Fugazi’s apex is also a strong candidate for best album of the 00’s. Although retaining the same recording engineer and studio (inner ear) as the last two albums, the Fugazi sound on The Argument has shifted into a cerebral, murky wash of beauty and noise. They’ve done the impossible by making their most melodic, accessible record still somehow extremely dense and challenging. The contrast is most noticeably jarring on “Full Disclosure”, where female backing vocals adorn the catchy chorus and the guitar line during the bridge is just bursting with joy; the rest of the song is this ugly, shrieking mess of guitars, sinking into an atonal madness. As if their palate wasn’t expanded far enough already, nearly every song implements second drummer Jerry Busher, whether its behind a drum kit or on percussion. Other songs may feature piano, cello, vibes or even acoustic guitar, often as the focal point of the song. The brilliant “Strangelight” includes both piano and cello sharing a riff toward the end that repeats for ages while the chords get more abstract. Probably the darkest thing this band ever got, it sounds like no other song in their catalog and it’s easily one of my favorites. I’m at a loss as to what else I can say. Ian MacKaye’s hoarse shouts have been reduced to actual singing and Guy’s voice is as sexy as ever. Like I said before, the experimentation level is still incredibly high but there’s at least one part in every song that you can easily hum along to. And the way they build off simple ideas is masterful. In “Ex-Spectator”, the guitars play an easy riff at 1:29 that in the early days would probably function as the basis for the whole song. Instead, they’ve inserted it briefly in between the verse and chorus so it sounds out of place the first time, then they return to it a second time later in the song, expanding on it by adding contrasting guitar lines and bass so when they enter the chorus again it fits seamlessly. These types of things are all over this record. I marveled at it 9 years ago and my adoration hasn’t waned in the slightest.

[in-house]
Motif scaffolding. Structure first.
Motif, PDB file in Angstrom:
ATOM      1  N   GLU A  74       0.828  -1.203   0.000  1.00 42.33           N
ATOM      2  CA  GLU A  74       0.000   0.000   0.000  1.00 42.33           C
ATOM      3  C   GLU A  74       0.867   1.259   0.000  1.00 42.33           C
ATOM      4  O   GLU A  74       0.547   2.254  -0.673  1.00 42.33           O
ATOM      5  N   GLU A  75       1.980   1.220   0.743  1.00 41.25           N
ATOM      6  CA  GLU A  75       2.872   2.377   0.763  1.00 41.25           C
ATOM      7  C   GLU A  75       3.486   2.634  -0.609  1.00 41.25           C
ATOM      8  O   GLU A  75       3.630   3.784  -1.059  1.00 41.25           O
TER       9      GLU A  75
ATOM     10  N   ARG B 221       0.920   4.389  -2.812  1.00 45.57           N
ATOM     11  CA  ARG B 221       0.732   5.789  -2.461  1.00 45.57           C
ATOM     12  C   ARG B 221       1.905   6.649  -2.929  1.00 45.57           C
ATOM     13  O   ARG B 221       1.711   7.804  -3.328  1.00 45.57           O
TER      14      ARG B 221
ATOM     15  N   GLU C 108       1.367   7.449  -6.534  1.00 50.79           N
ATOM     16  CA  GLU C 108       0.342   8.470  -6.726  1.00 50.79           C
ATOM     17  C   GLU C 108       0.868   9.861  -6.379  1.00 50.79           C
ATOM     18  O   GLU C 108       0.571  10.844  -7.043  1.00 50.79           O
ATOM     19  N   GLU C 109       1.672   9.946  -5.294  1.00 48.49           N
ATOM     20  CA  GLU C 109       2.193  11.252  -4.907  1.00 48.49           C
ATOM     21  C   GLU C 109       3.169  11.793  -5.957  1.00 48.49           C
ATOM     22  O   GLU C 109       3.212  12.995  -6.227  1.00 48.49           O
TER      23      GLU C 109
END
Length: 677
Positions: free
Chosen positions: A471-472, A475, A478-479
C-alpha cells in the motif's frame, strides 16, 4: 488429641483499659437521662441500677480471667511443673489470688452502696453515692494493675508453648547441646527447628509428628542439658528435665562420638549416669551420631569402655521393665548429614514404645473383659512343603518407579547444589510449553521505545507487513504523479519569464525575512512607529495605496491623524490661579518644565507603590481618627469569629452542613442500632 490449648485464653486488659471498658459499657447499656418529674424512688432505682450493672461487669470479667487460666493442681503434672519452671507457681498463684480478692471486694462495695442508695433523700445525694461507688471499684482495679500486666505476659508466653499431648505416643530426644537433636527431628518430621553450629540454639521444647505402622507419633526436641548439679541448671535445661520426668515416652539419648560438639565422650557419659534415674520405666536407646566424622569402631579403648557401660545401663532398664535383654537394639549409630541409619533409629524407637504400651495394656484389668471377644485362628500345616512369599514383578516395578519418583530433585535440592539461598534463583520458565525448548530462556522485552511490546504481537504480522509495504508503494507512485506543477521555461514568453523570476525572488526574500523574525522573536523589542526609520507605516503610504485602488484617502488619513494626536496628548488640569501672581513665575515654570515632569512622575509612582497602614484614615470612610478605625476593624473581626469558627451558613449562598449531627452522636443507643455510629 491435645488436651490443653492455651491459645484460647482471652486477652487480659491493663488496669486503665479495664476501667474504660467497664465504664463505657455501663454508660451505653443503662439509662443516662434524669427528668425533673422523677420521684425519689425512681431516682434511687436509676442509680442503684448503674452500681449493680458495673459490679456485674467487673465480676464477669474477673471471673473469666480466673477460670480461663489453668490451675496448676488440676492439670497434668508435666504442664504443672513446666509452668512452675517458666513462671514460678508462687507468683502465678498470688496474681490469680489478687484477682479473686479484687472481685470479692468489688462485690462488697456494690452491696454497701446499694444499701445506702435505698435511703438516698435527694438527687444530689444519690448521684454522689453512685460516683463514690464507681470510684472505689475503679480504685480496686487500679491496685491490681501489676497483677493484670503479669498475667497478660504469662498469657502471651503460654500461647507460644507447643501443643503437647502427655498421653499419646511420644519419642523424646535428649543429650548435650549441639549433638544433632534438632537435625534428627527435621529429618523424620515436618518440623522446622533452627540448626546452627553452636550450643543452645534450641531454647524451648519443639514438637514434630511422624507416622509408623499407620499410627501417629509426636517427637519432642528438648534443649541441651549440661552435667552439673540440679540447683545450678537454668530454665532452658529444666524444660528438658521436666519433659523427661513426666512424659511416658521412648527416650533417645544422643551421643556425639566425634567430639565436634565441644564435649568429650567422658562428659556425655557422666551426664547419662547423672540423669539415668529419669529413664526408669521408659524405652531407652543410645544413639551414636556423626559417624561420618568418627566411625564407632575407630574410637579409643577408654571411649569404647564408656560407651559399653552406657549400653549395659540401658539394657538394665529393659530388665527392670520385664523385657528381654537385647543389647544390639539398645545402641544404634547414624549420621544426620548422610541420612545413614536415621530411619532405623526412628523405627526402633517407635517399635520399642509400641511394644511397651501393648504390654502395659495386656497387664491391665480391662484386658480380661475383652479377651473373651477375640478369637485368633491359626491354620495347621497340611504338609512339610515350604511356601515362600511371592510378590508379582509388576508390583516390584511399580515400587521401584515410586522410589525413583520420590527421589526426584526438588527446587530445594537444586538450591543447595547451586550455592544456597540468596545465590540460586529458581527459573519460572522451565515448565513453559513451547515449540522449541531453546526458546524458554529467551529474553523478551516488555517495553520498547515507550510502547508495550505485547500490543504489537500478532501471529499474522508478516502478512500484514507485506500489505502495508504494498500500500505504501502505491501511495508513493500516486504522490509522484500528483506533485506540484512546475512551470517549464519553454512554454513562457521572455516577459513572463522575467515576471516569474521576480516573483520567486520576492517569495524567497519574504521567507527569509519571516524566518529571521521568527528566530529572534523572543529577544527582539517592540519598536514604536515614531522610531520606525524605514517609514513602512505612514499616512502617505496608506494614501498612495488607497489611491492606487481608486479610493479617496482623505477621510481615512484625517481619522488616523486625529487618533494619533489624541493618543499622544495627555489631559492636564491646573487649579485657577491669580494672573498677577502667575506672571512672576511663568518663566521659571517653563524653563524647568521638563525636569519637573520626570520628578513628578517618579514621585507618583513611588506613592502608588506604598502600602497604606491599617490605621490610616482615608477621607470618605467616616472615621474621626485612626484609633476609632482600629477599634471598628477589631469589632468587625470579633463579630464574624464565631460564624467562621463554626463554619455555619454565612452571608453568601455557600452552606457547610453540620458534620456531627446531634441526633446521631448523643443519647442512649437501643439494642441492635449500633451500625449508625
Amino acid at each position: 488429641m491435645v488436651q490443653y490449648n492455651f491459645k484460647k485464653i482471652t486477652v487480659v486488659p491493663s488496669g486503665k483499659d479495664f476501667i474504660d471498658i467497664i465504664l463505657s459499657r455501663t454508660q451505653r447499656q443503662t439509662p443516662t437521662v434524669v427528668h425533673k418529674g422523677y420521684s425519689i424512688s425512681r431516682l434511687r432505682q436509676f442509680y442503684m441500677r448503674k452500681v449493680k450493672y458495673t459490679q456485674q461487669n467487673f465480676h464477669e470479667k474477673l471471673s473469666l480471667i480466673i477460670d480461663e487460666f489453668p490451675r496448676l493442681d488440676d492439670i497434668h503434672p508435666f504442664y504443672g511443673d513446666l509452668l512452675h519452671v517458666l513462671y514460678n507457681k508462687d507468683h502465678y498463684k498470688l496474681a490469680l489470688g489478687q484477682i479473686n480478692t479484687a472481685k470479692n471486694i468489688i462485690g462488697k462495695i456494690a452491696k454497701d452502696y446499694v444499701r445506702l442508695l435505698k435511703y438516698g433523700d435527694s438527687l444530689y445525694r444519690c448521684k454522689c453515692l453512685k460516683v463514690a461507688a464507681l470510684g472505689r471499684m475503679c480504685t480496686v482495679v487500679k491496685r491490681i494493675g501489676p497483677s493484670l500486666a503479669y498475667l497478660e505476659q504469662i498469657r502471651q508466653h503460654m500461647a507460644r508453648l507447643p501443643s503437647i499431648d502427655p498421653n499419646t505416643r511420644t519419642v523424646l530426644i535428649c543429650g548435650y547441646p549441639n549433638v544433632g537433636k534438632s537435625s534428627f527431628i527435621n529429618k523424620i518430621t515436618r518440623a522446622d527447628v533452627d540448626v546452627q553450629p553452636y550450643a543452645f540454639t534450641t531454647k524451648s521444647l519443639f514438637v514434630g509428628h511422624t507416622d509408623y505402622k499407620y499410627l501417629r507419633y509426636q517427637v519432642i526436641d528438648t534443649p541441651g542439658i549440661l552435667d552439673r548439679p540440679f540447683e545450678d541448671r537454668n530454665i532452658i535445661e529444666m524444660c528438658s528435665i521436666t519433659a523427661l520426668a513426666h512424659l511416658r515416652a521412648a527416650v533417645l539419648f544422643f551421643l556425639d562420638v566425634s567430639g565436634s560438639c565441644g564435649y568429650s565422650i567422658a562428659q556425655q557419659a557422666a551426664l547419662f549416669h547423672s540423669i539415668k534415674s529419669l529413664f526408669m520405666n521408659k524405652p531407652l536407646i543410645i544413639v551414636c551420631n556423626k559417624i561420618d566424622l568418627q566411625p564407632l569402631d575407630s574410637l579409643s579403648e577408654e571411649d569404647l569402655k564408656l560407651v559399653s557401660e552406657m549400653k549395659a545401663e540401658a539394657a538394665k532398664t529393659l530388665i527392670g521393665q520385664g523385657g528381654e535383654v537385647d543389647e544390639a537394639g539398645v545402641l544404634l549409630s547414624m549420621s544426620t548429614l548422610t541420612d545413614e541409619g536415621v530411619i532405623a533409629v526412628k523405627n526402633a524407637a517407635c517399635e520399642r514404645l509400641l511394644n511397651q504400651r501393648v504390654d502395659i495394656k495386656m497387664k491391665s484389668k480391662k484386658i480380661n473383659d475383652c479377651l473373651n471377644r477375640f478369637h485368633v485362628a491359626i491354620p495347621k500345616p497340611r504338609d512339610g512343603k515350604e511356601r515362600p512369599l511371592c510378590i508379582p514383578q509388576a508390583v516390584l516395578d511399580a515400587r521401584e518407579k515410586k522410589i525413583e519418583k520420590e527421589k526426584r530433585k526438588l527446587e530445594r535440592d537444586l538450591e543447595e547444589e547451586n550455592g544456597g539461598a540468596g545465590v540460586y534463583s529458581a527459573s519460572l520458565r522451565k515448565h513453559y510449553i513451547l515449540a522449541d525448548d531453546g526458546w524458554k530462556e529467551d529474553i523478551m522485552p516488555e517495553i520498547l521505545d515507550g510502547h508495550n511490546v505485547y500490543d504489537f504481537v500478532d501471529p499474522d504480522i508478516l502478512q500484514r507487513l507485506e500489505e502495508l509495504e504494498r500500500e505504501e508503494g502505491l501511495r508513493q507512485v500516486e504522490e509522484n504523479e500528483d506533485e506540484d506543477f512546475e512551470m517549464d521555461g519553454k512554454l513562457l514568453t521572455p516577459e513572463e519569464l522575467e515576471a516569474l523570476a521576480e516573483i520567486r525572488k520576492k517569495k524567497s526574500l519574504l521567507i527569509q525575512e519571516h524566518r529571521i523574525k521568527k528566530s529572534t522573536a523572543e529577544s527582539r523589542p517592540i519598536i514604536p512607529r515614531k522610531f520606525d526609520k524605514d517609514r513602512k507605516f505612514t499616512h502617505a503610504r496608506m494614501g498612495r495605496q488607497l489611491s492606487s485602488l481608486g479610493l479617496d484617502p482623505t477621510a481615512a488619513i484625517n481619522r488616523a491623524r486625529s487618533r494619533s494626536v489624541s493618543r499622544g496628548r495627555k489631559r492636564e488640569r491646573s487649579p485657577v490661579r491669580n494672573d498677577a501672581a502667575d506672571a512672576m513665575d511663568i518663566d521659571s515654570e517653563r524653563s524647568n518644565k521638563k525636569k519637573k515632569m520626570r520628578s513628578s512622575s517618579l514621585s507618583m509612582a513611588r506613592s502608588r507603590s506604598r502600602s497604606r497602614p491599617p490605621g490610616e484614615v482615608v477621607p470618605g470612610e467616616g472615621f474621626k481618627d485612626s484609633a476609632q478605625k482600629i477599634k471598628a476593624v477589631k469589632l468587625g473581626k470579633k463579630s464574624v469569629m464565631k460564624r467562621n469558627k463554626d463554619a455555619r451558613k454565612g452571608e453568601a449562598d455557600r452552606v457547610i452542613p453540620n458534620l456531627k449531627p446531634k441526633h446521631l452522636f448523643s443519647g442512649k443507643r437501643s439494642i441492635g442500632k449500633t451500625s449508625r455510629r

Number 6.  –  “White Blood Cells” –
The White Stripes